"[R]emarkably rigorous, original, and interesting work.... Blyth breaks new ground by using Frank Knight's concept of uncertainty as a linchpin for this theory of institutional change.... Highly recommended." Choice
"Economic historians frequently fail to connect their findings to broader political and sociological questions. Mark Blyth, a professor of political science at Johns Hopkins University, avoids that pitfall in Great Transformations. In a well-researched comparative study of the United States and Sweden, Blyth analyzes the impact of economic ideas on institutional change." History: Reviews of New Books
"Blyth's analysis is sweeping, thorough, and powerfully demonstrates the path-shaping power of ideas to frame and give substance to institutional reconfiguration." Governance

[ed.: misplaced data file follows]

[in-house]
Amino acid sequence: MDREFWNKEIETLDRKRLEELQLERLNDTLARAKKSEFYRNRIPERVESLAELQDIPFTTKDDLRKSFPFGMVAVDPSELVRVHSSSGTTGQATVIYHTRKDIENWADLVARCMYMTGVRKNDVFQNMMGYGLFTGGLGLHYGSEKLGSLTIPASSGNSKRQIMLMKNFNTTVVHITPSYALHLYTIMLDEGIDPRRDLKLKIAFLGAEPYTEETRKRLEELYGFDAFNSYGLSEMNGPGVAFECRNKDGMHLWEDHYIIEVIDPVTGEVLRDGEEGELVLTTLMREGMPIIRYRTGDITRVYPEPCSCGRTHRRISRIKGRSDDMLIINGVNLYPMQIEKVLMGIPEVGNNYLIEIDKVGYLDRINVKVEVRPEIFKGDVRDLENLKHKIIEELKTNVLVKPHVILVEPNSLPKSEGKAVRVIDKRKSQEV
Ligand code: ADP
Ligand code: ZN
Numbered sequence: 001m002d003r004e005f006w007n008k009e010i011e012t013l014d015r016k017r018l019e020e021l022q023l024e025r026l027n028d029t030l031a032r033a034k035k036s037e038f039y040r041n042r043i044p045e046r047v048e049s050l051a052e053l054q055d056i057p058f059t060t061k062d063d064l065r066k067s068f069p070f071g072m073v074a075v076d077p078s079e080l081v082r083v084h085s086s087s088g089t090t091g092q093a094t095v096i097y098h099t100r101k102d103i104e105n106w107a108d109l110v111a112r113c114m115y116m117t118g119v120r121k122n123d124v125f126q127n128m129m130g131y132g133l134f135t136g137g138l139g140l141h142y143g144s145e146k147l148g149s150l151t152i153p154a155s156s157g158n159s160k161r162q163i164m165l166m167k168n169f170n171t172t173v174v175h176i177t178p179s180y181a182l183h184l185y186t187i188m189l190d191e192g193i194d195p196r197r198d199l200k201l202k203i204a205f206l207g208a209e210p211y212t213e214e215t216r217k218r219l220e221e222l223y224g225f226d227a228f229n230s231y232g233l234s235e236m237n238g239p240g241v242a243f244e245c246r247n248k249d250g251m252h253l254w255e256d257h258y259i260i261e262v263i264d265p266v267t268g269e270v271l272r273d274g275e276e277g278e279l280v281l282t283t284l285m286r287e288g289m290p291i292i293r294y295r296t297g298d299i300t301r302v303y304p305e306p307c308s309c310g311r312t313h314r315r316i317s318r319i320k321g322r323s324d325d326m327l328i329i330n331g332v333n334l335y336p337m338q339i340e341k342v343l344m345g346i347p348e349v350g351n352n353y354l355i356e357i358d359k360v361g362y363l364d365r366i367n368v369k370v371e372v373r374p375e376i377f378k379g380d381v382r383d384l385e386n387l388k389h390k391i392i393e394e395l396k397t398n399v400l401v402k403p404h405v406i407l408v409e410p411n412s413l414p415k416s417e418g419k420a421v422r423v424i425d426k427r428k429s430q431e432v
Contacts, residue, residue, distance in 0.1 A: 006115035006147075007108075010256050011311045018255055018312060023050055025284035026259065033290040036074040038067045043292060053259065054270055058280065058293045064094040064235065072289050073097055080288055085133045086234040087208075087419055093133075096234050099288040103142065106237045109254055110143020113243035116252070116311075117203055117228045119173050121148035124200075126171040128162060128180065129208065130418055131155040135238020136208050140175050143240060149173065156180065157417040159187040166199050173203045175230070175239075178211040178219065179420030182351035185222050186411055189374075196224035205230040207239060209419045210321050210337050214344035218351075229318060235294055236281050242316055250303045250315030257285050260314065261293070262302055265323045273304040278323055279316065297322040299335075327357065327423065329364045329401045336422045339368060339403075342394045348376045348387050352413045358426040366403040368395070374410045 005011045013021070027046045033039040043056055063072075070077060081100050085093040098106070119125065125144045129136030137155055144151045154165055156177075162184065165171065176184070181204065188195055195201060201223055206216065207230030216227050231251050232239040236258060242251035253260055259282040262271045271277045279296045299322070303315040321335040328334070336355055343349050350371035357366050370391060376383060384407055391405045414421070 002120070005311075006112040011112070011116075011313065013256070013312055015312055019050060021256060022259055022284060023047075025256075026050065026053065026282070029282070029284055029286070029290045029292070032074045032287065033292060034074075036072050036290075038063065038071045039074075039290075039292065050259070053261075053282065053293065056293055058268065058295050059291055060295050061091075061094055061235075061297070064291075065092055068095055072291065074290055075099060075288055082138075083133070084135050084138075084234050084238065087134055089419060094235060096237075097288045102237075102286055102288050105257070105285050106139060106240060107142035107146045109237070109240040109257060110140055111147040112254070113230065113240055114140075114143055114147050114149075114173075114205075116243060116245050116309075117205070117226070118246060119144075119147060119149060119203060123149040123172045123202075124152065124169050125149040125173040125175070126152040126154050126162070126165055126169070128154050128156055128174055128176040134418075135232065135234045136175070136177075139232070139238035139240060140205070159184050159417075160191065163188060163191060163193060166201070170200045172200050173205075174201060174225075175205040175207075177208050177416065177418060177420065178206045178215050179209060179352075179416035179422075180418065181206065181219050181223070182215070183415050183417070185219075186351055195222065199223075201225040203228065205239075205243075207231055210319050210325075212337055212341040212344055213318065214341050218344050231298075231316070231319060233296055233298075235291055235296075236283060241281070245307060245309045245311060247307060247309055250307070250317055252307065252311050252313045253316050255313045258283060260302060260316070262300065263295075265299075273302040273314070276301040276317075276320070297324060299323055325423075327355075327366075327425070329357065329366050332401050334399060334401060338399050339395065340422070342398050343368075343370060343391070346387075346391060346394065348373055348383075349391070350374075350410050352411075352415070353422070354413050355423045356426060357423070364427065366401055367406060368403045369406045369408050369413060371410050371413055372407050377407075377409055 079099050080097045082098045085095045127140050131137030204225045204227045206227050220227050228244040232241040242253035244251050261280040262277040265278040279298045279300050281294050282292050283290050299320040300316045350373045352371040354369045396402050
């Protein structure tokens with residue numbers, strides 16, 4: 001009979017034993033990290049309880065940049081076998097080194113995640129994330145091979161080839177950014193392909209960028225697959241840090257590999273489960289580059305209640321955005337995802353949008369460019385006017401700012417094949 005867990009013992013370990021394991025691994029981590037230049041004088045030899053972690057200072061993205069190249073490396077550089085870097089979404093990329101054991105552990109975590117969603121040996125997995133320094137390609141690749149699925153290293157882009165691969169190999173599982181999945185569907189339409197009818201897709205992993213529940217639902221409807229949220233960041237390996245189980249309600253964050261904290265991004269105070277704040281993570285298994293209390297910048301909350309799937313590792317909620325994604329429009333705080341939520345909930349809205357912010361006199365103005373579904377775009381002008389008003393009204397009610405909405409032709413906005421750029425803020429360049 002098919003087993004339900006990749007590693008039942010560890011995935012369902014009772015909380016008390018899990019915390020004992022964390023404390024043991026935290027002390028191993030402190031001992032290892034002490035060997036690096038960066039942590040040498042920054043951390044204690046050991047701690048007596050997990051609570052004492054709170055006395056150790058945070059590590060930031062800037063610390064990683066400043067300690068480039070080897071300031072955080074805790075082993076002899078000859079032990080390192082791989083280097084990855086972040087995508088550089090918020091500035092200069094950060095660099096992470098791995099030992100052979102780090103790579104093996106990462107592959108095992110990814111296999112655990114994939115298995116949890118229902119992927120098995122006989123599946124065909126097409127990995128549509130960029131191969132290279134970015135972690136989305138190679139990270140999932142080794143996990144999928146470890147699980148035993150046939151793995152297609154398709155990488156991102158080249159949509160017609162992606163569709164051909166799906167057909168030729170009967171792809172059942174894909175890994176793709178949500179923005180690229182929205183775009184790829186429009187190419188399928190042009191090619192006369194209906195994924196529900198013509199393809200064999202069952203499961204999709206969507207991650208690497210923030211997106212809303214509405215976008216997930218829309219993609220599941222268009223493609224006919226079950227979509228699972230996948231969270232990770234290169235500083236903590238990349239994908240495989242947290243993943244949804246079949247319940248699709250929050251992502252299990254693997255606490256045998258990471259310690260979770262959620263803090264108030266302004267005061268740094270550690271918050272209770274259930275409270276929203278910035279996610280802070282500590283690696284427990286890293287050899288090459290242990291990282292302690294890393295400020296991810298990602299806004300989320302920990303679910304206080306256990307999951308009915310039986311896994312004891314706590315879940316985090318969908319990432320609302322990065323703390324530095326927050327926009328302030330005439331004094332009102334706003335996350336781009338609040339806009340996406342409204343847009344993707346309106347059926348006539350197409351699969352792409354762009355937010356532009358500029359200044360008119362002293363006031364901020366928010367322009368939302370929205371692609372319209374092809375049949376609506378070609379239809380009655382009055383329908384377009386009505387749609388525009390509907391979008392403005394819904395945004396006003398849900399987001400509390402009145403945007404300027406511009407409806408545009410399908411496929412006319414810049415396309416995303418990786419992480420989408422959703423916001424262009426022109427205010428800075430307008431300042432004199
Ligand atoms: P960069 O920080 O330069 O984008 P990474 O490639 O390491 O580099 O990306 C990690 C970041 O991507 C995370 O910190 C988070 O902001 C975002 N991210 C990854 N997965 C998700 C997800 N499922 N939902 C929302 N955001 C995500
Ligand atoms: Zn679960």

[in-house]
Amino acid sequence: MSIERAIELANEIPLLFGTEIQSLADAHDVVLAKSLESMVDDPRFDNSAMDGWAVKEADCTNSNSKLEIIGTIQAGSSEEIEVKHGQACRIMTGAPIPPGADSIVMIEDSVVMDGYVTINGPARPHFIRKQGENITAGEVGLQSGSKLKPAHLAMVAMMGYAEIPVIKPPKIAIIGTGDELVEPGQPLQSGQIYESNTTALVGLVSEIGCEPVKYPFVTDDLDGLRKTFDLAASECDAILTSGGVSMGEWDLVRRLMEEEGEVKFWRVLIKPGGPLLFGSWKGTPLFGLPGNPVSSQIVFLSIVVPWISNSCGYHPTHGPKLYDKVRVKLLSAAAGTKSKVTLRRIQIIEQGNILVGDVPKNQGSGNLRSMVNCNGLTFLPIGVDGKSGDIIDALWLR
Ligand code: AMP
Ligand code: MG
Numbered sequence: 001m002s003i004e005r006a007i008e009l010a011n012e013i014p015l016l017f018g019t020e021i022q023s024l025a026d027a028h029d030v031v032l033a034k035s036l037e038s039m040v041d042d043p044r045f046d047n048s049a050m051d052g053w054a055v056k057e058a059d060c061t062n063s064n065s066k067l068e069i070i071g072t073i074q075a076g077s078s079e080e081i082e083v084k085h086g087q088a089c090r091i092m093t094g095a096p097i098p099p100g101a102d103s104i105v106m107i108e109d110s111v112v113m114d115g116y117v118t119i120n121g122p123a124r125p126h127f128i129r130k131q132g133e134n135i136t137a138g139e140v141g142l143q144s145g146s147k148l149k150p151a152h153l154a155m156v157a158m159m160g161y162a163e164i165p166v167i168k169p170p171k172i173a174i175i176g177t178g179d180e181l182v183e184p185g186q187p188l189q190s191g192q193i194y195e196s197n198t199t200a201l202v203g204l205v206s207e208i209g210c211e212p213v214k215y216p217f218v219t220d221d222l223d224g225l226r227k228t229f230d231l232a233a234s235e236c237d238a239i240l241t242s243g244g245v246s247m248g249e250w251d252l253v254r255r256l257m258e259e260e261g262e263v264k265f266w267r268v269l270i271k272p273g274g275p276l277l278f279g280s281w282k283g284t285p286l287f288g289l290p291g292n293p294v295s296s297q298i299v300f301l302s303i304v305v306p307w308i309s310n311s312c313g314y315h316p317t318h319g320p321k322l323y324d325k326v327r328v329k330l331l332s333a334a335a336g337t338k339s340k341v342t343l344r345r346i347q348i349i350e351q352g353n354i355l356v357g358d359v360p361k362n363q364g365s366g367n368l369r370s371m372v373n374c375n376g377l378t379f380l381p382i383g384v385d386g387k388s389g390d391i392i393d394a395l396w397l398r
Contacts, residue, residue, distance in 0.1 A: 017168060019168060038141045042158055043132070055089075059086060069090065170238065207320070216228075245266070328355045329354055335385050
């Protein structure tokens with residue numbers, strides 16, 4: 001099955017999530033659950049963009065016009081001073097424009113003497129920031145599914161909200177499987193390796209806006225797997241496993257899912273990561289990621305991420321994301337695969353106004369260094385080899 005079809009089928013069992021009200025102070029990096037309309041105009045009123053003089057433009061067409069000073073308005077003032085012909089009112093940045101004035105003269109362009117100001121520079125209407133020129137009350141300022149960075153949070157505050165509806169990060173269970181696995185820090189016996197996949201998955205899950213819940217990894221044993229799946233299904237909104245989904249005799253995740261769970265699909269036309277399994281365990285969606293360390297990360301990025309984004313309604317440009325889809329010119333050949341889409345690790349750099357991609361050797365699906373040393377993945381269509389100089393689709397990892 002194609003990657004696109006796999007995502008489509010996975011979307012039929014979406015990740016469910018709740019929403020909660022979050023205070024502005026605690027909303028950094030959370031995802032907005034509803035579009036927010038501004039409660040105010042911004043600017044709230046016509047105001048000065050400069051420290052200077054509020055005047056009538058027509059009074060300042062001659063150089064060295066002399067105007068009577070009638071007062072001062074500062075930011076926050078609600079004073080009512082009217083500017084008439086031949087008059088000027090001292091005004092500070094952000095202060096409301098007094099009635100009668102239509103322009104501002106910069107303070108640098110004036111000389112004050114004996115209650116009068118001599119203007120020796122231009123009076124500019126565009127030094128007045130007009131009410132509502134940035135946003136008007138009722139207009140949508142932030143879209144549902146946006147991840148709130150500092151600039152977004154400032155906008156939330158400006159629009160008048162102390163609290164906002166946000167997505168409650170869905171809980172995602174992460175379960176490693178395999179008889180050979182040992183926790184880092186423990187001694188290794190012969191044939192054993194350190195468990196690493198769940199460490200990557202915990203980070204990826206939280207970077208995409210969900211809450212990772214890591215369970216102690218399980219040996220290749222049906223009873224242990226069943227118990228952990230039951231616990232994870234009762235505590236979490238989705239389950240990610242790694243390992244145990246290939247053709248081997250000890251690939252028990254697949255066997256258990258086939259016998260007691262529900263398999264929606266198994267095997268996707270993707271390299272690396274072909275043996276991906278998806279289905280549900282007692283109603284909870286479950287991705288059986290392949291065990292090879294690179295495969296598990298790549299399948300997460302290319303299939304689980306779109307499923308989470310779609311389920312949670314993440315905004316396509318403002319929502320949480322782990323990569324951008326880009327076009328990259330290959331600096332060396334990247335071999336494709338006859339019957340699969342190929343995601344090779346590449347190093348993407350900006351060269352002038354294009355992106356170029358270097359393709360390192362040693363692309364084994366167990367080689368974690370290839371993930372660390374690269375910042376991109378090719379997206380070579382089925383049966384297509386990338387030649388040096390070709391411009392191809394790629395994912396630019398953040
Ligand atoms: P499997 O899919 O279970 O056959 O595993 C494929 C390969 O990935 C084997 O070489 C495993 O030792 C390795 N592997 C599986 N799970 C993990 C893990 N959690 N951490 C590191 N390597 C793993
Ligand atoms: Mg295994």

"[An] important new book." EH.NET
This book analyses political and economic change in the Twentieth century through an examination of institutional change in the United States and Sweden from the 1920s to the end of the 1990's. The key claim is that economic ideas are powerful political tools used by domestic groups in order to effect change since whoever defines what the economy is, what is wrong with it, and what would improve it, has a profound political resource in their possession. Blyth demonstrates why this is the case, and offers a theory as to why economic ideas are so politically important.